In 2011, Apple and Nokia settled a two-year battle over patent royalties for mobile phones. Nokia stopped making phones after that, but kept patents related to that business.
Apple sued a group of patent-holding companies Tuesday in federal court in San Jose, California, over antitrust claims. Apple alleges the companies conspired with Nokia “as part of a plan to extract and extort exorbitant revenues unfairly and anti-competitively from Apple and other innovative suppliers of cell phones, and ultimately from the consumers of those products.”
Core Wireless Licensing Sarl, one of the companies that Apple said is working with Nokia, last week won a $7.3 million jury verdict against the iPhone maker in San Jose federal court for infringing two patents. Apple has asked a judge to rule there was no infringement.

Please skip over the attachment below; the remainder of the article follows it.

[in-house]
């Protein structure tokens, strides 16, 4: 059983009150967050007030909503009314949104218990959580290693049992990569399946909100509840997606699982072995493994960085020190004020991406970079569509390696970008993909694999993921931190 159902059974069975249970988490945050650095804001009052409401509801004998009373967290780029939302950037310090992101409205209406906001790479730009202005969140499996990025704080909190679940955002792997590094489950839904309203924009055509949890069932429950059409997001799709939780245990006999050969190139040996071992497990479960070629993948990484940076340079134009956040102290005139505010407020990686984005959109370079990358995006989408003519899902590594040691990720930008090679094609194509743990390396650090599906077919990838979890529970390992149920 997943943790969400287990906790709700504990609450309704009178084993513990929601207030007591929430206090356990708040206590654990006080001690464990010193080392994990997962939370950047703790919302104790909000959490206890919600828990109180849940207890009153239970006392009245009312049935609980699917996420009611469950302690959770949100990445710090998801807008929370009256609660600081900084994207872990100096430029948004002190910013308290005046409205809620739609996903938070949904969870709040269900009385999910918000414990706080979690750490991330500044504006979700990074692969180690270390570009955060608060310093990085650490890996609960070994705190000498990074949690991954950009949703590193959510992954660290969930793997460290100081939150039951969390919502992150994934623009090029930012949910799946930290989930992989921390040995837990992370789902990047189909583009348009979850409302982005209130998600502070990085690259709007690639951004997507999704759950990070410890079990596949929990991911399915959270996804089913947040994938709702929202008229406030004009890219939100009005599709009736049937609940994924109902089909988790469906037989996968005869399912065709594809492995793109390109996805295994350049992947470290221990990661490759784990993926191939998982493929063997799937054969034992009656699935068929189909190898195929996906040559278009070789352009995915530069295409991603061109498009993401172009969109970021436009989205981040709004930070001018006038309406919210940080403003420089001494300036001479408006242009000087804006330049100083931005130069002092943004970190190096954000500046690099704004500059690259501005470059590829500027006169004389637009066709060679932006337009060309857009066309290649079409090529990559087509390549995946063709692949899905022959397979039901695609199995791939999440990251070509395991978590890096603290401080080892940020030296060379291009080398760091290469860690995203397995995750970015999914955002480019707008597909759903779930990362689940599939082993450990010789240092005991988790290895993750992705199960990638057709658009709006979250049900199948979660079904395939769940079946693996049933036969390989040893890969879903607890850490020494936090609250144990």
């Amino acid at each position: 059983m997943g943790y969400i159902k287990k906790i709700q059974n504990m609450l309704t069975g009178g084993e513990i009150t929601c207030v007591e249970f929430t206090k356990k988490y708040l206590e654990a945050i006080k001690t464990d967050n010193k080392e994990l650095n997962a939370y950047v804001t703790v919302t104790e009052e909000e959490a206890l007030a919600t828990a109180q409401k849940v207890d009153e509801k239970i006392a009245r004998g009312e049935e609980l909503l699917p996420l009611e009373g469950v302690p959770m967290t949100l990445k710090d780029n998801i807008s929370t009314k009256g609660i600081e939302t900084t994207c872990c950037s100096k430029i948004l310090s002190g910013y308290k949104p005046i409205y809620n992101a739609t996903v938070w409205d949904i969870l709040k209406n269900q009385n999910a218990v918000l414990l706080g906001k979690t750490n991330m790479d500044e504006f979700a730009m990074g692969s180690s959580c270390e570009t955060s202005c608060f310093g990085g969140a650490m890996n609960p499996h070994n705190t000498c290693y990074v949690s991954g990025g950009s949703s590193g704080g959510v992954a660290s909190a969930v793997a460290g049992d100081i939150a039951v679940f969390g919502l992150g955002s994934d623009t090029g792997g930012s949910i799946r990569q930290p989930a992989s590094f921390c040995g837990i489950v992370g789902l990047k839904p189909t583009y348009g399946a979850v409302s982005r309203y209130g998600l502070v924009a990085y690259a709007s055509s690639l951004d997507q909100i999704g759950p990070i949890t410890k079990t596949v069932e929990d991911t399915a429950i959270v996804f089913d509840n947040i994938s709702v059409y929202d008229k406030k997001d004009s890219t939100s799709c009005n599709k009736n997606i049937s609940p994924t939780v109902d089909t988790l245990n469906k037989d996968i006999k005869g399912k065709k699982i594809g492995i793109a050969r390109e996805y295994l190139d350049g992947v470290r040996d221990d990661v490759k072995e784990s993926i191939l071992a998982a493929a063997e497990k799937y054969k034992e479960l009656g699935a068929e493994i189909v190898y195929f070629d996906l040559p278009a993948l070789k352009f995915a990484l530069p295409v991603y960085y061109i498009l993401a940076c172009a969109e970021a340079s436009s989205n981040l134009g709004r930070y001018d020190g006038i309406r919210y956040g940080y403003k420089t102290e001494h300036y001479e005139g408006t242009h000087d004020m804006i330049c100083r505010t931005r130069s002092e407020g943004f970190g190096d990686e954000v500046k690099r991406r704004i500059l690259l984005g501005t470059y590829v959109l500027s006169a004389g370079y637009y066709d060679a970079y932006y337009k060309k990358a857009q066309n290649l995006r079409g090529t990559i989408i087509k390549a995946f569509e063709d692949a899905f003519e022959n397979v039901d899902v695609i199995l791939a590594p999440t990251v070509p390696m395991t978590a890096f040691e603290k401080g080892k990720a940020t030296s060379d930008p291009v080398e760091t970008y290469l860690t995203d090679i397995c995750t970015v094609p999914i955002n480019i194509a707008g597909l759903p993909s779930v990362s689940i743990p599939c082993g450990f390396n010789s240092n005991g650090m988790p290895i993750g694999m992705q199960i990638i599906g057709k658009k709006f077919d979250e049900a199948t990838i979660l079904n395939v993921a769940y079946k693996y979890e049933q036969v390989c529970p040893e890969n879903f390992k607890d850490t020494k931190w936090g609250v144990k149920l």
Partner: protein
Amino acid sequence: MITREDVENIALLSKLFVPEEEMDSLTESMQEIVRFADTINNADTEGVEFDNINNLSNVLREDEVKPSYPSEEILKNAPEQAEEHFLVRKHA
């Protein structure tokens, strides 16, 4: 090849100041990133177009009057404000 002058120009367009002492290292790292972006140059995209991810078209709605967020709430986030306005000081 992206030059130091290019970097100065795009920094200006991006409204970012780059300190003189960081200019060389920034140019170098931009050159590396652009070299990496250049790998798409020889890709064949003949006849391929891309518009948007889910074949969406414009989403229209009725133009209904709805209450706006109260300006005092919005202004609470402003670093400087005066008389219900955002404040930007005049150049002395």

Apple said that after it entered into a cross-license agreement with Nokia in 2011, the Finnish company launched “secret plans to monetize” patents that weren’t part of the accord.
Apple said Nokia has transformed itself out of desperation, based on its own “failure as a supplier of cell phones.”
“It changed from a company focused on supplying cell phones and other consumer products to a company bent on exploiting the patents that remain from its years as a successful cell phone supplier,” Apple said in the complaint.
The Texas cases are Nokia Technologies Oyj v. Apple Inc., 16-cv-01440 and 16-cv-01441, U.S. District Court, Eastern District of Texas (Marshall). The California case is Apple Inc. v. Acacia Research Corp., 16-cv-07266, U.S. District Court, Northern District of California (San Jose).